By Chelsea White//USA SWIMMING Communications Intern
USA Swimming was founded on the idea of expanding swimming and building awareness about the sport. From learning the basics to reaching one’s competitive potential, success in and out of the water comes from a lot of dedication within the swimming community by providing opportunities for swimmers of all ages. One way of achieving these fundamental goals is putting on events that push and spark the competitive drive of athletes at a young age. The I.M. Xtreme Challenge Games is one of those driving forces.
The I.M. Xtreme Challenge Games or IMX Games started six years ago with the originating concept of promoting versatility in age-group swimming with the ultimate goal of enabling long-term success in the sport. Conducted from October to early February, the IMX Games consist of six different series meets hosted in cities spanning the country. Young swimmers ranging from ages 9-16 qualify for a meet by earning a minimum “power point” score of 1500 which is the equivalent of an averaging USA Swimming Standard “BB” competition score.
With the last two of the six meets concluding last weekend (Jan. 31-Feb. 2) it was evident that this year’s series was the most successful IMX Games yet to date. One meet in particular is catching huge amounts of steam as it nearly reached capacity with participating swimmers. Hosted at the University of Maryland in College Park, Md., the northeast event has been a model meet when it comes to the IMX Games. A large part of that success has come from the hard work and commitment of USA Swimming Age Group Development Committee.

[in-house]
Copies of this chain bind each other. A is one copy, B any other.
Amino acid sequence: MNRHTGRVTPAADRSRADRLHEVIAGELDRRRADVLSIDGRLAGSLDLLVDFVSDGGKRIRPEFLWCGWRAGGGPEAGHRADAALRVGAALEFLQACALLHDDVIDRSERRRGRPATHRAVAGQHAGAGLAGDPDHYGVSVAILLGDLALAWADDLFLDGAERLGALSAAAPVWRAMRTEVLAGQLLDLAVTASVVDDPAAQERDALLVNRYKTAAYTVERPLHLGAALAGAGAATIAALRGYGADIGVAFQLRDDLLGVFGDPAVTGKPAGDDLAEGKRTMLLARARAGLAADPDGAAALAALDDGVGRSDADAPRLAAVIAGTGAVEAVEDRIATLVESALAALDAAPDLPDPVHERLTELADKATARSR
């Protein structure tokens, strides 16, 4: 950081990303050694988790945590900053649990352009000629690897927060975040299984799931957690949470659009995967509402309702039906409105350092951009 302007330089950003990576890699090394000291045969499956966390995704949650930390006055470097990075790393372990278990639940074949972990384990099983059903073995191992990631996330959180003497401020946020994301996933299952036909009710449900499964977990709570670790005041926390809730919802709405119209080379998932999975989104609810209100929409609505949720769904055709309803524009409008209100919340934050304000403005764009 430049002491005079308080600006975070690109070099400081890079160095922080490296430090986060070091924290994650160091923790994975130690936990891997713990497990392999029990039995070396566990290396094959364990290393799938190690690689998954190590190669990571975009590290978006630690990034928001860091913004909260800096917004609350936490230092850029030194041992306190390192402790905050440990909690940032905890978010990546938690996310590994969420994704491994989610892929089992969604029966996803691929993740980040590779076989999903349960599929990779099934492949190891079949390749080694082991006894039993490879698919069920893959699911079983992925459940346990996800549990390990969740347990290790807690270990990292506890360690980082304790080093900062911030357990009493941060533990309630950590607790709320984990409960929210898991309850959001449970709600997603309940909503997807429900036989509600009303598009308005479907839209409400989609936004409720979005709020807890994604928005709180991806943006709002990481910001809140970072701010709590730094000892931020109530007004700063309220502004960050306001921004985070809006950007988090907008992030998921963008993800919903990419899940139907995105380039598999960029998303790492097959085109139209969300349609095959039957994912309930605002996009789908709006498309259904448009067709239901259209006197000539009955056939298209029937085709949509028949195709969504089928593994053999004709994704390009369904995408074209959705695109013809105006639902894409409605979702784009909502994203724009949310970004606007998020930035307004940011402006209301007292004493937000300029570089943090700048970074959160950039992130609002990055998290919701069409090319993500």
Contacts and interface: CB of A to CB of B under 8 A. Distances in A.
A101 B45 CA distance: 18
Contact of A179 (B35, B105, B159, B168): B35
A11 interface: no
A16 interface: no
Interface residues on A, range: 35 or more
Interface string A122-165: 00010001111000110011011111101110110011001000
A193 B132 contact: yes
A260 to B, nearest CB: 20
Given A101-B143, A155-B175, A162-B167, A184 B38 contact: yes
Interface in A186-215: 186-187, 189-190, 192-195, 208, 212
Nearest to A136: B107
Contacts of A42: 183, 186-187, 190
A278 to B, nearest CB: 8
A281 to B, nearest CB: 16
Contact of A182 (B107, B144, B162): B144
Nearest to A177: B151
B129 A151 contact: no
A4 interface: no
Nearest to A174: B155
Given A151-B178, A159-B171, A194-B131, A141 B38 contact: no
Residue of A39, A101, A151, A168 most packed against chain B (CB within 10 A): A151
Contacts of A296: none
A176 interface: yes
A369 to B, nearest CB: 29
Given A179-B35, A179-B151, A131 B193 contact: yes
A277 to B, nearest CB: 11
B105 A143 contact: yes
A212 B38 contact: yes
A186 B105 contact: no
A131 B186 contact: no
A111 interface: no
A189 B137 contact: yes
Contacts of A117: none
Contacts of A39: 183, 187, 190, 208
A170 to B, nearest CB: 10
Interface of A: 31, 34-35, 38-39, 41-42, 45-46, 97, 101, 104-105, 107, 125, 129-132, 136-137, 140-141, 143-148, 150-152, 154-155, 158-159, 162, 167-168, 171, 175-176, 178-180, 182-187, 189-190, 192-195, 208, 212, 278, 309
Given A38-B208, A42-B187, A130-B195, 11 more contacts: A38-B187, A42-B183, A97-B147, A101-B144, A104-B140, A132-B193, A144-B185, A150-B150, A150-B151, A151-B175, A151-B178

Bill Marlin, who was a founder of the IMX Games, was recently handed the torch as chair of the Age Group Development Committee after a four-year term came to a close on the former chair, Tony Young. Marlin, who also is the club owner and head coach of the Potomac Marlins Swim Club in Fairfax, Va., agreed to take over the committee after already being a vocal and active member of the committee for multiple years. With the help of his wife, Marlin has seen the progress of the northeast meet come down to a couple essential factors.
“The success of the northeast meet has mainly been the time of year that is takes place—that is the primary reason; a great location and great facilities has been another part,” Marlin said.
While other IMX Games meets have not yet reached the participation numbers of the northeast event, which featured 1,200 swimmers this year, Marlin and the committee are hopeful that those numbers will continue to grow in the years to come. Especially as those who do participate in the IMX Games have nothing but encouraging words to say about their experiences.
Marlin added, “The meets have been so well done and put together that coaches will go back and say how great of a meet is was. Kids will also say how much they loved the meet. I can’t tell you how many times a parent or coach caught me on deck during a meet and said that this was their kid’s favorite meet of the year.”
The IMX Games gives young swimmers a chance to improve their swimming abilities and improve their success at a competitive level. With the emphasis of meeting “power point” standards and increasing individual performance in event heats, the IMX Games are giving athletes an environment to become better-rounded in the sport of swimming. As participation continues to grow each year, and the support from the swimming community increases, the IMX Games only have enthusiastic expectations for what is to come in the future of the event.
Marlin concluded, “As the Chair of the Committee, USA Swimming was asking what is next for the IMX Games—what is the next step for the evolution of this meet? So we are really in the process of trying to come up with some ideas of where we can take this meet and how we can make it more important or higher quality in the minds of the athletes. We want it to be a bigger meet where swimmers want to come and participate and ultimately help grow some of these other IMX meets that are not doing quite as well to be as successful as the northeast meet has been.”